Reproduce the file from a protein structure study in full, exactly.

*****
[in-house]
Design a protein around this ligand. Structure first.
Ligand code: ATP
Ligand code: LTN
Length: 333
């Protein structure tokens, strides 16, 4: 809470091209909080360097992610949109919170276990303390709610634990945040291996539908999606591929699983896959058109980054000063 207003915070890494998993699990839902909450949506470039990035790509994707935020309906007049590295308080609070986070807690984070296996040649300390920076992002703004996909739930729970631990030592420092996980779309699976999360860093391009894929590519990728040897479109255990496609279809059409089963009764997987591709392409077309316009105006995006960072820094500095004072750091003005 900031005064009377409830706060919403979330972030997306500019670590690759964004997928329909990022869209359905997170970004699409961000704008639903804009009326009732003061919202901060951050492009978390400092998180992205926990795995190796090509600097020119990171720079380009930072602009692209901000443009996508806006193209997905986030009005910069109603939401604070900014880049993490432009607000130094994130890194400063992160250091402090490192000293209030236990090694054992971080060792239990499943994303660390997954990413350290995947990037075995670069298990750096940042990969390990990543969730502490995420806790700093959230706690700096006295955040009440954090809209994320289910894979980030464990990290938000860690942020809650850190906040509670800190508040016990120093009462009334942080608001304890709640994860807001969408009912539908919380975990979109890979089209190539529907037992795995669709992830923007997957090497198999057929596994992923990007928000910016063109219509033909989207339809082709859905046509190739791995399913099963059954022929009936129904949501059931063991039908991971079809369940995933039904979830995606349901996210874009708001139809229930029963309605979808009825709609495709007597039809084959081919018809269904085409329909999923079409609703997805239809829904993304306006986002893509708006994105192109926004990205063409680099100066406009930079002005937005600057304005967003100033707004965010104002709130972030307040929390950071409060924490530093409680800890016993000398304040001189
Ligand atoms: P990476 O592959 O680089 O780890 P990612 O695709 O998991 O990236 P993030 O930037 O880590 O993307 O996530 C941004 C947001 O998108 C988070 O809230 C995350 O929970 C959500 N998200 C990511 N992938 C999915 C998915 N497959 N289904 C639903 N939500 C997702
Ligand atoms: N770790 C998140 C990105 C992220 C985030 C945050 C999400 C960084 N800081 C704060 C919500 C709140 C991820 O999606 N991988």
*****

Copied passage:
[in-house]
Design a protein around this ligand. Structure first.
Ligand code: ATP
Ligand code: LTN
Length: 333
């Protein structure tokens, strides 16, 4: 809470091209909080360097992610949109919170276990303390709610634990945040291996539908999606591929699983896959058109980054000063 207003915070890494998993699990839902909450949506470039990035790509994707935020309906007049590295308080609070986070807690984070296996040649300390920076992002703004996909739930729970631990030592420092996980779309699976999360860093391009894929590519990728040897479109255990496609279809059409089963009764997987591709392409077309316009105006995006960072820094500095004072750091003005 900031005064009377409830706060919403979330972030997306500019670590690759964004997928329909990022869209359905997170970004699409961000704008639903804009009326009732003061919202901060951050492009978390400092998180992205926990795995190796090509600097020119990171720079380009930072602009692209901000443009996508806006193209997905986030009005910069109603939401604070900014880049993490432009607000130094994130890194400063992160250091402090490192000293209030236990090694054992971080060792239990499943994303660390997954990413350290995947990037075995670069298990750096940042990969390990990543969730502490995420806790700093959230706690700096006295955040009440954090809209994320289910894979980030464990990290938000860690942020809650850190906040509670800190508040016990120093009462009334942080608001304890709640994860807001969408009912539908919380975990979109890979089209190539529907037992795995669709992830923007997957090497198999057929596994992923990007928000910016063109219509033909989207339809082709859905046509190739791995399913099963059954022929009936129904949501059931063991039908991971079809369940995933039904979830995606349901996210874009708001139809229930029963309605979808009825709609495709007597039809084959081919018809269904085409329909999923079409609703997805239809829904993304306006986002893509708006994105192109926004990205063409680099100066406009930079002005937005600057304005967003100033707004965010104002709130972030307040929390950071409060924490530093409680800890016993000398304040001189
Ligand atoms: P990476 O592959 O680089 O780890 P990612 O695709 O998991 O990236 P993030 O930037 O880590 O993307 O996530 C941004 C947001 O998108 C988070 O809230 C995350 O929970 C959500 N998200 C990511 N992938 C999915 C998915 N497959 N289904 C639903 N939500 C997702
Ligand atoms: N770790 C998140 C990105 C992220 C985030 C945050 C999400 C960084 N800081 C704060 C919500 C709140 C991820 O999606 N991988």